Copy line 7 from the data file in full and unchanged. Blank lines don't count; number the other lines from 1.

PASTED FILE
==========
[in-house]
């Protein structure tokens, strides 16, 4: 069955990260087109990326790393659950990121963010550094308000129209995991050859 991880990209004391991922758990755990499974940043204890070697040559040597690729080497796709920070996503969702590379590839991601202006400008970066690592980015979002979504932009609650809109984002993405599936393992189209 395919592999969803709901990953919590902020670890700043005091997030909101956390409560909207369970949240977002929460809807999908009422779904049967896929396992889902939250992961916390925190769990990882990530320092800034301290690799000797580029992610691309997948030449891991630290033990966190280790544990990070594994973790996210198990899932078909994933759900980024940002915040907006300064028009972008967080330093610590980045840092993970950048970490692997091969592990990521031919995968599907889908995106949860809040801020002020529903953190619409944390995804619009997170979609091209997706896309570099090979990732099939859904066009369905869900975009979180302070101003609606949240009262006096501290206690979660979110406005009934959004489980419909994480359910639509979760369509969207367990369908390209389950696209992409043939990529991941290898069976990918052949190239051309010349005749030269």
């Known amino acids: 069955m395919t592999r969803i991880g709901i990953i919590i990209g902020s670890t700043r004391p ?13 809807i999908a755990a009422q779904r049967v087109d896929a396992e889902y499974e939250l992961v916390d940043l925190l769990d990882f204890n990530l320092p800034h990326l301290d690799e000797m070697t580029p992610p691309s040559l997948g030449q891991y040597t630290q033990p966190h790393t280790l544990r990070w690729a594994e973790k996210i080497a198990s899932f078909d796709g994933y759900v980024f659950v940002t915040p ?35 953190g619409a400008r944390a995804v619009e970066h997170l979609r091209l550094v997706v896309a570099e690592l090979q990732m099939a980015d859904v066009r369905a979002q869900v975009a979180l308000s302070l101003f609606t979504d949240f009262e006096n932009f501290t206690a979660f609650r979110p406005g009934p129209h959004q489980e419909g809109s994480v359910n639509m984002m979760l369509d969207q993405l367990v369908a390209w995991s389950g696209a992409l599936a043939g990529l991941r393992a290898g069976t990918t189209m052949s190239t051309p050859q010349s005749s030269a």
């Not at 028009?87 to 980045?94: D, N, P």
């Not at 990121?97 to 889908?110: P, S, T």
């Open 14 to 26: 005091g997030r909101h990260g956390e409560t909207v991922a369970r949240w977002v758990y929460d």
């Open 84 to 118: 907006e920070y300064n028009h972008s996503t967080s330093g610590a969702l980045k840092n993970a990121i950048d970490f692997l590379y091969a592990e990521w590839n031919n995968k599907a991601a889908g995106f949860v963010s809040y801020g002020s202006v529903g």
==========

């Open 84 to 118: 907006e920070y300064n028009h972008s996503t967080s330093g610590a969702l980045k840092n993970a990121i950048d970490f692997l590379y091969a592990e990521w590839n031919n995968k599907a991601a889908g995106f949860v963010s809040y801020g002020s202006v529903g």